The schooling of African-American male students: the role of male teachers and school administrators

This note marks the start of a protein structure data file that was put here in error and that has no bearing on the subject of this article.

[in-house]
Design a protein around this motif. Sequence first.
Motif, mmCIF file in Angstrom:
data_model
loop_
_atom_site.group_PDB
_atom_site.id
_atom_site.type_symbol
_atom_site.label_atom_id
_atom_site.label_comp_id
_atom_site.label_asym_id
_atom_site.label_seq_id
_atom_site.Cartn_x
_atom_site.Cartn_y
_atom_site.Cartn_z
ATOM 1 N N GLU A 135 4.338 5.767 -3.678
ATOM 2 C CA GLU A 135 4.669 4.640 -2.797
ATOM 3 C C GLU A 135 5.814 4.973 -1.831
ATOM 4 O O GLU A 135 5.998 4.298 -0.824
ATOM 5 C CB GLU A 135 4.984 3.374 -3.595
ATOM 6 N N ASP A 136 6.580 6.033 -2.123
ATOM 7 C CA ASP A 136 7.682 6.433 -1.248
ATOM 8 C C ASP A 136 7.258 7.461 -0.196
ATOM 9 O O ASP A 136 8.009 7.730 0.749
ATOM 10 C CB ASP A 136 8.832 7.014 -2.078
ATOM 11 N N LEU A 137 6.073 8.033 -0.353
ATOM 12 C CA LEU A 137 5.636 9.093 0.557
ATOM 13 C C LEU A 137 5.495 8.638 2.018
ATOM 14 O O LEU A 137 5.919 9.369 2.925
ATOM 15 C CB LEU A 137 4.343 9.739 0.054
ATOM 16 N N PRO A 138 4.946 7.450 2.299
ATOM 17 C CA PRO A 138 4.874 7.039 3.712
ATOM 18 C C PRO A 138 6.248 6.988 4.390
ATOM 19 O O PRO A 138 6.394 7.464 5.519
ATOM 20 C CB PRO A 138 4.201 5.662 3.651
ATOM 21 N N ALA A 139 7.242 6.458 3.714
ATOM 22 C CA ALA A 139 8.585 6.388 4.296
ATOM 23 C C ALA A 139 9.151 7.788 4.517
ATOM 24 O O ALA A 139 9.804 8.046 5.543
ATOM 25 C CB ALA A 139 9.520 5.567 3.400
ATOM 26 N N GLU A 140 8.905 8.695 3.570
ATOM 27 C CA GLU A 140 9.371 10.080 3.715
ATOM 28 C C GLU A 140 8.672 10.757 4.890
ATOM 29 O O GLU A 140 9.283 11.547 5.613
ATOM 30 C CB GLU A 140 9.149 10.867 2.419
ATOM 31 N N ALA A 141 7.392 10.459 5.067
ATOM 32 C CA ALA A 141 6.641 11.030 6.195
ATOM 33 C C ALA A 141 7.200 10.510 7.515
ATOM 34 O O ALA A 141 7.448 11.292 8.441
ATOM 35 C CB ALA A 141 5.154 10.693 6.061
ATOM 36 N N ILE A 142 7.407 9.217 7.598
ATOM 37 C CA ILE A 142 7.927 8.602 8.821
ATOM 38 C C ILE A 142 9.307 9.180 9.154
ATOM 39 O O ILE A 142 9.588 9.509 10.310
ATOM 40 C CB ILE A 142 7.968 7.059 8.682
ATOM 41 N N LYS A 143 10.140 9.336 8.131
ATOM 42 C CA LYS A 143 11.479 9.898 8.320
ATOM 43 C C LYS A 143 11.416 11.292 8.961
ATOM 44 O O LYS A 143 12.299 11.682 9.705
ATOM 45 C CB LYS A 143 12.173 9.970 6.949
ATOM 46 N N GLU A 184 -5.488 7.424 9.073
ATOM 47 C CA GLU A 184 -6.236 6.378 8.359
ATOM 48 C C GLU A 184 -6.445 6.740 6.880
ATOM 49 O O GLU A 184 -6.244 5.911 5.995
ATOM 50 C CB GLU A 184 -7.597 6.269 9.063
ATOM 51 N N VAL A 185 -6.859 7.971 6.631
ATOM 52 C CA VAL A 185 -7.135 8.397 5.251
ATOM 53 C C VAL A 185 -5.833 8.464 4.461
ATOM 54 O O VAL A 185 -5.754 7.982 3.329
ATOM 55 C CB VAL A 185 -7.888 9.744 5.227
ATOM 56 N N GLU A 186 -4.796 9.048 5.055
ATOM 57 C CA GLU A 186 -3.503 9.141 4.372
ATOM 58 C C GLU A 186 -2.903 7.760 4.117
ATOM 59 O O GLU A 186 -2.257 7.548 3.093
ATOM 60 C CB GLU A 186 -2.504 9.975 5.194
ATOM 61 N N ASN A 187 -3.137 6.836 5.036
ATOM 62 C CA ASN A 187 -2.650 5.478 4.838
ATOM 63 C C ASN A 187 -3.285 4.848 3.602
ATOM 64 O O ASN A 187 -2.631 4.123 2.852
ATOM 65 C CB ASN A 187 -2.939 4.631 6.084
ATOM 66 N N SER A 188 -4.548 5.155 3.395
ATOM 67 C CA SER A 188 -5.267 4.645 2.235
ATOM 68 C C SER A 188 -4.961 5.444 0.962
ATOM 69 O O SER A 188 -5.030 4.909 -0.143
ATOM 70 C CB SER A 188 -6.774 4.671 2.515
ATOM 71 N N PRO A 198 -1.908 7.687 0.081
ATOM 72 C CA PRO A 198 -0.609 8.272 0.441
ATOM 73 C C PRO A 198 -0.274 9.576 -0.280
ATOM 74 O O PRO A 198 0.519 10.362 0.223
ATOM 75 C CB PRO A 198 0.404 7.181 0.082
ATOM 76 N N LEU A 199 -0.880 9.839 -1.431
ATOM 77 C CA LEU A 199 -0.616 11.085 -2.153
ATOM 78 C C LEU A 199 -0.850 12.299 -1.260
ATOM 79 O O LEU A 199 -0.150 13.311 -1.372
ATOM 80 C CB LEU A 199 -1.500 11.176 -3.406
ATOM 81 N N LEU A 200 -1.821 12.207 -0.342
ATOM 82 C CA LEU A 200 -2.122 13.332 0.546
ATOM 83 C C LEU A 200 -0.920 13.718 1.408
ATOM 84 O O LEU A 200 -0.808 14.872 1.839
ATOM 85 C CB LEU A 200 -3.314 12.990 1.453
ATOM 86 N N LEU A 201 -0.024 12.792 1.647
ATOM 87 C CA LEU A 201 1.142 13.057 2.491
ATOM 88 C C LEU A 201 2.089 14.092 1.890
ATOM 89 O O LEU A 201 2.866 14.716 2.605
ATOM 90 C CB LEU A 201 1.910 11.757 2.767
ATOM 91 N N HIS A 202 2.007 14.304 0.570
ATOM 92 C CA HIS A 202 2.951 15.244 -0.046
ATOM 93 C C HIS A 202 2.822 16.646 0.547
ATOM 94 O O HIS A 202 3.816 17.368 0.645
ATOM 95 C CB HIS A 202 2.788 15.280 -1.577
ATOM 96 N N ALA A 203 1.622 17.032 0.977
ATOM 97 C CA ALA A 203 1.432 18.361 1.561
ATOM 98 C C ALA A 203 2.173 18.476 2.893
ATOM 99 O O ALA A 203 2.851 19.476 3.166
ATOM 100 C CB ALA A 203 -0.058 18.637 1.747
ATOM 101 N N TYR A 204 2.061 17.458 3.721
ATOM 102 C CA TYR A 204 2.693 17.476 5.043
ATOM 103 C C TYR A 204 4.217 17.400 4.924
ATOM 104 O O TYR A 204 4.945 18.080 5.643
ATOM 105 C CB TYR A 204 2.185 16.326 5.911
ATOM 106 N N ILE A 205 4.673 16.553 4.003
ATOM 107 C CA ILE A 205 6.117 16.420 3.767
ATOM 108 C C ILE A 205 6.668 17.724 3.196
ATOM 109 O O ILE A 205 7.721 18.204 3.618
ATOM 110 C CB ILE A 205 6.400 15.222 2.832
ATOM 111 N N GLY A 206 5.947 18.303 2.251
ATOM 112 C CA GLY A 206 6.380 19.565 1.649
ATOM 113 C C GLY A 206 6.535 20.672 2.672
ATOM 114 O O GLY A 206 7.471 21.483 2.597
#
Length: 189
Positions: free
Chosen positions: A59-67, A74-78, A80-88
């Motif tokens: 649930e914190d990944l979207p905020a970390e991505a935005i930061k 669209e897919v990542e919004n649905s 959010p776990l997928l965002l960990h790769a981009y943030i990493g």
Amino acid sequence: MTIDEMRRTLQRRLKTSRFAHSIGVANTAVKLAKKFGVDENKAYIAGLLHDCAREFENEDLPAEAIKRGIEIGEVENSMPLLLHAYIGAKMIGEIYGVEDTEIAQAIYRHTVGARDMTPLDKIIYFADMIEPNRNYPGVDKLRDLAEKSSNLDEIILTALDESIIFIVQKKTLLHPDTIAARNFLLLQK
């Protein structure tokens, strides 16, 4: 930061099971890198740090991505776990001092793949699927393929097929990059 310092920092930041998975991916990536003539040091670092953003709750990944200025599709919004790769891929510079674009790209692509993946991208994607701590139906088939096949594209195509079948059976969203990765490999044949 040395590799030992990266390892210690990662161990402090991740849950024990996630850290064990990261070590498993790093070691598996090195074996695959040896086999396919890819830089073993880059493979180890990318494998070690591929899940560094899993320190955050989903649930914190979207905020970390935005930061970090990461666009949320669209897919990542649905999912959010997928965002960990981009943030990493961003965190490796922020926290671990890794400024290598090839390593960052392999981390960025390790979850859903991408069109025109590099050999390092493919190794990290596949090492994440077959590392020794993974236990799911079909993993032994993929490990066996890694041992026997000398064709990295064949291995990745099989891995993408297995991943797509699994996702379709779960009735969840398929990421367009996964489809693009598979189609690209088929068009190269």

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<ul><li><p>This article was downloaded by: [University of Colorado at Boulder Libraries]On: 20 December 2014, At: 22:07Publisher: RoutledgeInforma Ltd Registered in England and Wales Registered Number: 1072954 Registeredoffice: Mortimer House, 37-41 Mortimer Street, London W1T 3JH, UK</p><p>International Journal of InclusiveEducationPublication details, including instructions for authors andsubscription information:http://www.tandfonline.com/loi/tied20</p><p>The schooling of African-Americanmale students: the role of maleteachers and school administratorsLionel C. Howard aa Department of Educational Leadership, Graduate School ofEducation and Human Development , The George WashingtonUniversity , Washington , DC , USAPublished online: 24 Jun 2011.</p><p>To cite this article: Lionel C. Howard (2012) The schooling of African-American male students: therole of male teachers and school administrators, International Journal of Inclusive Education, 16:4,373-389, DOI: 10.1080/13603116.2011.555093</p><p>To link to this article: http://dx.doi.org/10.1080/13603116.2011.555093</p><p>PLEASE SCROLL DOWN FOR ARTICLE</p><p>Taylor &amp; Francis makes every effort to ensure the accuracy of all the information (theContent) contained in the publications on our platform. However, Taylor &amp; Francis,our agents, and our licensors make no representations or warranties whatsoever as tothe accuracy, completeness, or suitability for any purpose of the Content. Any opinionsand views expressed in this publication are the opinions and views of the authors,and are not the views of or endorsed by Taylor &amp; Francis. The accuracy of the Contentshould not be relied upon and should be independently verified with primary sourcesof information. Taylor and Francis shall not be liable for any losses, actions, claims,proceedings, demands, costs, expenses, damages, and other liabilities whatsoeveror howsoever caused arising directly or indirectly in connection with, in relation to orarising out of the use of the Content.</p><p>This article may be used for research, teaching, and private study purposes. Anysubstantial or systematic reproduction, redistribution, reselling, loan, sub-licensing,systematic supply, or distribution in any form to anyone is expressly forbidden. Terms &amp;Conditions of access and use can be found at http://www.tandfonline.com/page/terms-and-conditions</p><p>http://www.tandfonline.com/loi/tied20http://www.tandfonline.com/action/showCitFormats?doi=10.1080/13603116.2011.555093http://dx.doi.org/10.1080/13603116.2011.555093http://www.tandfonline.com/page/terms-and-conditionshttp://www.tandfonline.com/page/terms-and-conditions</p></li><li><p>International Journal of Inclusive Education</p><p>ISSN 1360-3116 print/ISSN 1464-5173 online 2012 Taylor &amp; Francis</p><p>http://www.tandfonline.com</p><p>The schooling of African-American male students: the role of male teachers and school administrators</p><p>Lionel C. Howard</p><p>Department of Educational Leadership, Graduate School of Education and Human Development, The George Washington University, Washington DC, USATaylor and FrancisTIED_A_555093.sgm(Received 18 March 2010; final version received 30 March 2011)10.1080/13603116.2011.555093International Journal of Inclusive Education1360-3116 (print)/1464-5173 (online)Article2011Taylor &amp; Francis0000000002011LionelHowardIchoward@gwu.edu</p><p>Drawing on interview and informal observation data collected from eightadolescent African-American boys residing in an urban community and attendingan urban charter school, this paper describes and explores their relationships withAfrican-American male school personnel. This paper highlights how adolescentAfrican-American boys experience and make sense of their interactions withteachers, school administrators and staff, as well as discusses the implications forschool engagement and masculine identity development. The boys narrativesreveal relationships that are confrontational and strained, as well as respectful andcaring. Furthermore, they highlight the ways in which masculinity is being shapedthrough the reciprocal-posturing of adult males.</p><p>Keywords: adolescents; African-American boys; African-American maleteachers; teacherstudent relationships</p><p>Introduction</p><p>Research focusing on the educational experiences of African-American students hasspotlighted the myriad ways in which they experience schooling across grade level,school type and context (e.g. Hudley and Graham 2001; Reid and Moore 2008;Strayhorn 2009; Wigfield and Eccles 1994; Wood, Kaplan, and McLoyd 2007). Suchresearch has raised our awareness of the educational challenges and underachievementexperienced by African-American students. National statistics have also revealed thedisparate educational outcomes and experiences. In 2008, the National Center forEducational Statistics (NCES), reported that the percentage of African-Americanstudents who drop out of high school (9.9%) is twice the rate of White and AsianAmerican students, 4.8% and 4.4%, respectively (US Department of Education,National Center for Education Statistics 2010a). Disaggregated by gender, it wasreported that 11.1% of African-American female students dropped out of schoolcompared to 8.7% of African-American male students and 4.2 % of their Whitefemale counterparts (US Department of Education, National Center for EducationStatistics 2010b). It has also been reported that African-American students have alower probability of going directly to college than non-Hispanic White high schoolgraduates, 58% and 69%, respectively (US Department of Commerce, Census Bureau2008). Furthermore, it was reported that 19% of African-American students</p><p>*Email: lchoward@gwu.edu</p><p>Vol. 16, No. 4, April 2012, 373389</p><p>http://dx.doi.org/10.1080/13603116.2011.555093</p><p>Dow</p><p>nloa</p><p>ded </p><p>by [</p><p>Uni</p><p>vers</p><p>ity o</p><p>f C</p><p>olor</p><p>ado </p><p>at B</p><p>ould</p><p>er L</p><p>ibra</p><p>ries</p><p>] at</p><p> 22:</p><p>07 2</p><p>0 D</p><p>ecem</p><p>ber </p><p>2014</p></li><li><p>completed a bachelors degree compared to 37% of White and approximately 56% ofAsian students (US Department of Education, National Center for Education Statistics2010c).</p><p>Although educational research and national statistics have revealed the educationalchallenges and disparities of African-American female and male students, this paperspecifically focuses on the schooling experiences of African-American males. Giventhe extant educational research on African-American males revealing alarming trendsin their level of underachievement, disengagement and dis-identification with school-ing, and over-identification as learning disabled (Hosp and Reschly 2003; King 2000;Osborne 1997; Wood, Kaplan, and McLoyd 2007), it seems especially important tocontinue to research their schooling experiences to have a more balanced understand-ing of African-American male students and their experiences. Although such studieshave called for and contributed to increased efforts to support the educational trajec-tory and outcomes of African-American boys, they simultaneously have contributedto a limited understanding of the ways in which they experience school and a percep-tion of chronic and extreme educational challenges (Davis 2003, 520). Even more,educational research often falls short in capturing the complexity of developing a posi-tive academic identity when the barriers to success (structural and cultural) outnumberthe factors that are most likely to contribute to academic success and engagement(Ferguson 2000; Lopez 2003; Noguera 2008). For African-American boys, theprocess of academic identity development is even more complex as they simulta-neously negotiate their racial and gender identities which are often framed by stereo-types and pathology (Ferguson 2000; Gibbs 1988; Moore and Stuart 2005; Noguera2008; Osborne 1997).</p><p>In response, several initiatives are underway to address the racial and gender gapin achievement. Such initiatives include, for example, single-gender schools and all-male academies. There has also been a call for a greater presence of African-Americanmale teachers (Williams 2001), which is largely motivated by research linking socio-emotional, academic and personal challenges experienced by adolescent African-American males to the lack of role models, limited access to mentors and fatherabsenteeism (Bryant and Zimmerman 2003; Chmelynski 2006; Taylor 1989). Accord-ingly, African-American male teachers are often framed as the panacea to a range ofchallenges African-American male students are likely to encounter within an educa-tional setting.</p><p>Although much is known about the impact of studentteacher relationships onstudent academic engagement, sense of belonging and achievement (e.g. Gregoryand Ripski 2008; Monzo and Rueda 2003; Murray 2009; Murray and Malmgren2005; Oates 2003; Pianta, Hamre, and Stulman 2003), far less is known about theimpact African-American male teachers have on the educational experiences andpersonal development of African-American male students (Lewis 2006; Lynn 2006).Moreover, even less is known about the nature and context of these relationshipsfrom the student perspective. Recognising the gap in knowledge, this paper seeks toadd to the extant literature in its investigation of the role of male school personnel inthe schooling and socialisation of adolescent African-American male students. Inparticular, this paper describes African-American male students relationships withAfrican-American male teachers and school personnel and discusses the implicationsof these relationships for academic and identity development. As a part of a largerqualitative investigation of adolescent African-American boys gender socialisationand identity development, this paper prioritises the student perspective in an effort to</p><p> L.C. Howard374</p><p>Dow</p><p>nloa</p><p>ded </p><p>by [</p><p>Uni</p><p>vers</p><p>ity o</p><p>f C</p><p>olor</p><p>ado </p><p>at B</p><p>ould</p><p>er L</p><p>ibra</p><p>ries</p><p>] at</p><p> 22:</p><p>07 2</p><p>0 D</p><p>ecem</p><p>ber </p><p>2014</p></li><li><p>further an understanding of the ways in which relationships are experienced by aselect group of adolescent African-American boys and the unique impact these rela-tionships likely to have on identity development (i.e. gender, race/ethnicity, etc.) andacademics.</p><p>African-American teachers impact on student learning and achievement</p><p>Much of the research on studentteacher relationships has focused on relationshipsbetween teachers (mostly White) and students of colour, very young children, andstudents identified as at-risk because of academic underperformance, socio-emotional and/or behavioural problems (Baker 1999; Goodenow 1993; Gregory andRipski 2008; Murray and Malmgren 2005; Pianta, Hamre, and Stulman 2003). Giventhe majority White teaching force in the USA, an underlying topic of much of theresearch is the racial dynamics within the studentteacher relationship (Gregory andRipski 2008; Stevenson 2008). Regardless of framing and foci, however, the researchon studentteacher relationships has consistently found that supportive and positiverelationships with teachers promote positive adjustment, social and emotional health,and contribute to increases in academic striving and performance among students,especially those most at-risk (Murray 2009; Murray and Greenberg 2001; Wolley andBowen 2007).</p><p>In spite of these positive outcomes, it is important to investigate the role of teachersand students racial/ethnic identity, their congruency, and the impact on studentteacherrelationships and educational and psychosocial correlates (Oates 2003). Research hasshown that when students of colour are taught by teachers from their own racial/ethnicbackground they tend to perform better academically and show improvements in theirpersonal and social development. These teachers are also more likely to employ culturallyresponsive teaching practices, and to have high expectations for students with whomthey share similar racial/ethnic and cultural backgrounds (Foster 1994; Irvine 1990;Ladson-Billings 1995; Monzo and Rueda 2003).</p><p>Although much has been learned about the experiences of African-Americanteachers and the implication for student achievement in general, the research hasbeen disproportionally limited to the experiences of African-American female teach-ers (e.g. Dixon 2002; Foster 1997; Ladson-Billings 1994; Mitchell 1998). Few stud-ies have investigated the ways in which African-American male teachers contributeto the schooling experiences of African-American students in general and males, inparticular (Lynn 2006). Nonetheless, the increased emphasis on recruiting and retain-ing African-American male teachers is, in part, related to the belief that African-American students need such role models (Lewis 2006), are more likely to be firmdisciplinarians who establish positive learning environments (Kunjufu 2002, inLewis 2006, 225), and provide an alternative example of who African-Americamales can become beyond an athlete, entertainer and inmate (Lewis 2006, 226).These beliefs rest upon the stereotype that African-American boys are wayward,resistant to rules and regulation, and lack the ability to self-regulate (in terms ofbehaviour), all of which have been attributed to the lack of positive male influence.While the benefits of having an African-American male teacher and/or schoolpersonnel seem logical and theoretically reasonable, there is little empirical evidencesupporting such claims.</p><p>In the following pages, the voices of adolescent African-American boys arepresented as evidence concerning the impact African-American male teachers and</p><p>International Journal of Inclusive Education 375</p><p>Dow</p><p>nloa</p><p>ded </p><p>by [</p><p>Uni</p><p>vers</p><p>ity o</p><p>f C</p><p>olor</p><p>ado </p><p>at B</p><p>ould</p><p>er L</p><p>ibra</p><p>ries</p><p>] at</p><p> 22:</p><p>07 2</p><p>0 D</p><p>ecem</p><p>ber </p><p>2014</p></li><li><p>school personnel likely to have on their schooling and developing sense of self. Theirstories speak to the importance of context (namely, socio-cultural) and relationshipsin understanding behaviour and identity development. Their stories also speak to therelational dynamics operating within an educational context that undoubtedly impactstheir educational experience and achievement. The presented narratives provideaccess to their relationships with school personnel, relationships that seeminglyinfluence the many parts of their identity. To this end, qualitative methods of inquiryare used to investigate the relationships of a select group of adolescent African-American males and the male school personnel, predominately African-American,with whom they encounter in the course of a typical school day. Furthermore, thismode of inquiry appreciates the ways in which my identity and educational experi-ences as an African-American male who attended a small suburban public high schoolwith no African-American male teachers or administrators informs the researchendeavour. In particular, it accounts for the ways in which my identity and experi-ences influence how I engage and relate to the boys and adult males, my reading andinterpretation of the boys narratives, and my commitment to giving voice to a groupof students who are often marginalised.</p><p>Methodology</p><p>Participants1</p><p>Eight African American boys attending a predominately African American publiccharter school, Angels Academy, were recruited for this research study.2 The boyswere purposely selected from a pool...</p></li></ul>